The world of the very vast has been opened up via optical telescopes which focus ancient photons through glass lenses, radio telescopes which receive non-visible electromagnetic signals from distant stellar bodies, and a variety of gamma-ray, microwave, and infrared telescopes, all of which allow us humans to "see" far into the deepest reaches of space, even as far as 13-14 BILLION years ago. Imagine the wonder felt by Galileo Galilei when he fixed his crude but effective telescope device upon Saturn, and saw something similar to this. It probably blew his mind, and it was so heretical to most that many refused to look through his telescope altogether, for fear of offending their creator.
Here is a radio telescope image of the same planet. Through different energy wavelengths, different features and properties of stellar objects come into focus.
The world of the very small was discovered through optical microscopes, which allowed humans to see for the very first time, the unbelievably vast amount of teeny tiny life-forms that we share our world with, from tiny crustaceans to single-celled organisms to bacterial life. These creatures are everywhere, and go about their life-processes with most of humanity completely oblivious to them. Here is a microscopic image of a single-celled paramecium. Note that even though this is a "simple" organism, the structures that make up it's "body" are just as complex as anything we have in our large "complex" bodies. Can you imagine the awe that was felt by the very first humans to lay eyes upon such things?
After a few centuries, and once technology had developed to allow it, humans created a device which allowed for the resolution of tiny details on these creatures, as well as the viewing of structures and viruses which are hundreds of times smaller than the smallest bacteria, the scanning electron microscope. This device actually rained a beam of electrons, mass-less or nearly mass-less negatively charged particles, onto the surface of what was being viewed, resulting in incredibly detailed three-dimensional black and white images. Below is an image of lactic acid bacteria, on the scale of nanometers (millionths of a meter) created by scanning them with the beam of electrons.
There have been even greater advances in microscopy that the scanning electron microscope. In 1981 the Scanning Tunneling Microscope was developed by scientists at IBM Zurich. It is a very complicated device that works, not on light or beams of electrons, but on what is a very strange feature of quantum mechanics. By using a nearly infinitesimally tiny needle tip instead of a beam of electrons, and measuring the "interference" between the tip's electron cloud and the electron cloud of the item being magnified, actual images of atoms and molecules are possible. On the quantum level these fields interact as if "tunneling" into the surface of what is being studied, for in the quantum world, energy and matter are but two sides of the same coin. These "needles" are so sharp that the ends of them are one to two atoms thick! Insane!!!! Here is an image of an etched STM tip, in nanometer scale.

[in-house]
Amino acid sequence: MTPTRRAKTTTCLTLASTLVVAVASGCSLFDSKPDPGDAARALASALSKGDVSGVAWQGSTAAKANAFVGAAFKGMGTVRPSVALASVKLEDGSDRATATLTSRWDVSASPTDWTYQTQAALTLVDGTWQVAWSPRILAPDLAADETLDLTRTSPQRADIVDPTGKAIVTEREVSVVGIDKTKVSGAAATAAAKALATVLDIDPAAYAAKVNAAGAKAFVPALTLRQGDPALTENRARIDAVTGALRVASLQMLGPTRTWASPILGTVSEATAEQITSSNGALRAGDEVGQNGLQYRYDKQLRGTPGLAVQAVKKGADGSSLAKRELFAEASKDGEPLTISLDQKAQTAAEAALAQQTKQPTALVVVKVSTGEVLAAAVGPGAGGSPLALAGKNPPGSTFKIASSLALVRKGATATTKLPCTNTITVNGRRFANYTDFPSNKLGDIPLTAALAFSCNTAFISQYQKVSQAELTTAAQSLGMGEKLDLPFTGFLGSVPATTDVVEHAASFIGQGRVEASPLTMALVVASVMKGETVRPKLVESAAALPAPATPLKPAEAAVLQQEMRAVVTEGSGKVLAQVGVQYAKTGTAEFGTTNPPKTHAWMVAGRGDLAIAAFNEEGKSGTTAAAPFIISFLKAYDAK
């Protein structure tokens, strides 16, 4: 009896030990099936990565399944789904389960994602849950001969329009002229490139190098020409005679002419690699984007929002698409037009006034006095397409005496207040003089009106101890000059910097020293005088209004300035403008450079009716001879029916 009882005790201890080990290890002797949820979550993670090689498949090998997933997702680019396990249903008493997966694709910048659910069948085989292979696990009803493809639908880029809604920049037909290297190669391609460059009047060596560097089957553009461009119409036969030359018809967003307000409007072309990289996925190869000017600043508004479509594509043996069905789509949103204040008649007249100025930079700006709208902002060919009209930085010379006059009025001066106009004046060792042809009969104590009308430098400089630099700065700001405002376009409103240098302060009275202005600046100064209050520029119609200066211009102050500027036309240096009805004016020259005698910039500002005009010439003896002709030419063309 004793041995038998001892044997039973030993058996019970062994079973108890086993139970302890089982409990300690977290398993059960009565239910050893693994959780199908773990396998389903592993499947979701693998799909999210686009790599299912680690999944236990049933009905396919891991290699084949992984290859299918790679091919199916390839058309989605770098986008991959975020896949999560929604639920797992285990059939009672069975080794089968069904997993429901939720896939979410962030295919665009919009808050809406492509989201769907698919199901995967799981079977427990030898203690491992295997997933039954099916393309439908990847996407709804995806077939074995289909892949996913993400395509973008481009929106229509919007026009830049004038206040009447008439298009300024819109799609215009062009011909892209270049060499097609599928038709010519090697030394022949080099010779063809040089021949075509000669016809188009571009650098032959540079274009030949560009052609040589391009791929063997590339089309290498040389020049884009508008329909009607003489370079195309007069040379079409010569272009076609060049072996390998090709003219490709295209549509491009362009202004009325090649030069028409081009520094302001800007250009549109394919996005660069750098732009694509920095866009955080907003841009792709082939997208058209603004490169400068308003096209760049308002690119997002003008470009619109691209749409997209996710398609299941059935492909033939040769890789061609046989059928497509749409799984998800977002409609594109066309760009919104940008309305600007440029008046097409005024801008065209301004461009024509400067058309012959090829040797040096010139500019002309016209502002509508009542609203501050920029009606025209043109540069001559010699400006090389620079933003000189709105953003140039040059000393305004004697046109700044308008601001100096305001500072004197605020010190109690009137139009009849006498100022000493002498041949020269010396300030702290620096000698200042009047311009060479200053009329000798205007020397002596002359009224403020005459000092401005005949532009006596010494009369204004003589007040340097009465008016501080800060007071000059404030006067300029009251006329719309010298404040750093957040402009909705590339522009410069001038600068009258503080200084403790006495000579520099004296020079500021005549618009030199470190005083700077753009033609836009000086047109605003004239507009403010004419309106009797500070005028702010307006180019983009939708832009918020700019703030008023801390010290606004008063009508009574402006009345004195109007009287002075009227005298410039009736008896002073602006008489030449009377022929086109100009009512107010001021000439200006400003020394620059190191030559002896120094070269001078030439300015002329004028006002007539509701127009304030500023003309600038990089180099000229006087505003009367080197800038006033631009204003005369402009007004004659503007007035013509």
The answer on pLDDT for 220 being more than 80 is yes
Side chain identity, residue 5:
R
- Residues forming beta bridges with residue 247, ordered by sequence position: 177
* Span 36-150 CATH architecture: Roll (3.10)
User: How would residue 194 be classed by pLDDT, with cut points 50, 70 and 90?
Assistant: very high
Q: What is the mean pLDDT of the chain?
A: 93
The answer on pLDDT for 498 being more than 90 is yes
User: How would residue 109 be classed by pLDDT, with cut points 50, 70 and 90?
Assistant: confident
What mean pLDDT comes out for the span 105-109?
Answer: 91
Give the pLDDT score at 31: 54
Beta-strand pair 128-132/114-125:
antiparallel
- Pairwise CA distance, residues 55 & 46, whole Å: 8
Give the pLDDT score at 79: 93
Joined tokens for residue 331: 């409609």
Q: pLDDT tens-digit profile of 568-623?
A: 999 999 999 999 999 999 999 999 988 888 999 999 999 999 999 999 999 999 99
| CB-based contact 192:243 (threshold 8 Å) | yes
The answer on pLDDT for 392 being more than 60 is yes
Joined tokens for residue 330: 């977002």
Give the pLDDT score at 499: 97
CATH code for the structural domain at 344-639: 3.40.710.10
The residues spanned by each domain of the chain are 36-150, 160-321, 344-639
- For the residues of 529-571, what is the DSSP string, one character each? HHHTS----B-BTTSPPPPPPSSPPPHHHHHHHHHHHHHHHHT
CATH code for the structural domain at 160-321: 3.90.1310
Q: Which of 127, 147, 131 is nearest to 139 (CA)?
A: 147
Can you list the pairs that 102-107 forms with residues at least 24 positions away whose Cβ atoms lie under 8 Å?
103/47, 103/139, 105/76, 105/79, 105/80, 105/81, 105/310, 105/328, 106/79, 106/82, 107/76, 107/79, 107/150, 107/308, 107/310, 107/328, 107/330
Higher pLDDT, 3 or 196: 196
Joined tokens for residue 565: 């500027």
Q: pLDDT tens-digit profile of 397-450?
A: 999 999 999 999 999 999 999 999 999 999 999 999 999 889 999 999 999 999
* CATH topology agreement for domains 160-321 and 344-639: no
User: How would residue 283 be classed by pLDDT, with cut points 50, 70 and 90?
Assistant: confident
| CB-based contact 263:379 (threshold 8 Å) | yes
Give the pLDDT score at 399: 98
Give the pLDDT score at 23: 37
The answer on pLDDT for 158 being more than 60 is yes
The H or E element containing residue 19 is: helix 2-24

The images produced by the STM seem almost mystical, for they show the raised electron clouds of the individual atoms. The STM can even be used to move individual atoms around, as in this image. Each raised bump is an individual atom. The "ripples" seen are the interference patterns between the atoms.
These advances are fabulous but do not allow for the study of organic material. In what is a great development,
Scientists have developed a new imaging technology that produces the best three-dimensional resolution ever seen with an optical microscope. With this new tool, scientists can pinpoint fluorescent labels in their images to within 10-20 nanometers – about ten times the size of an average protein – in all three dimensions. The researchers say they now have an extremely powerful technology that will help reveal how biomolecules organize themselves into the structures and signaling complexes that drive cellular functions. ( Science Daily )
The above image is an example of what the new microscopy can show. It is interferometry combined with the super-high resolution photoactivated localization microscopy, or iPALM for short.
The three-dimensional distribution of membrane proteins within a cell revealed through iPALM imaging. The vertical position of fluorescently labeled VSVG proteins has been color coded, with red molecules being the deepest and purple the highest.We humans are some bad-ass mo-fucks. -FUPPETS- loves when science kicks out the jams.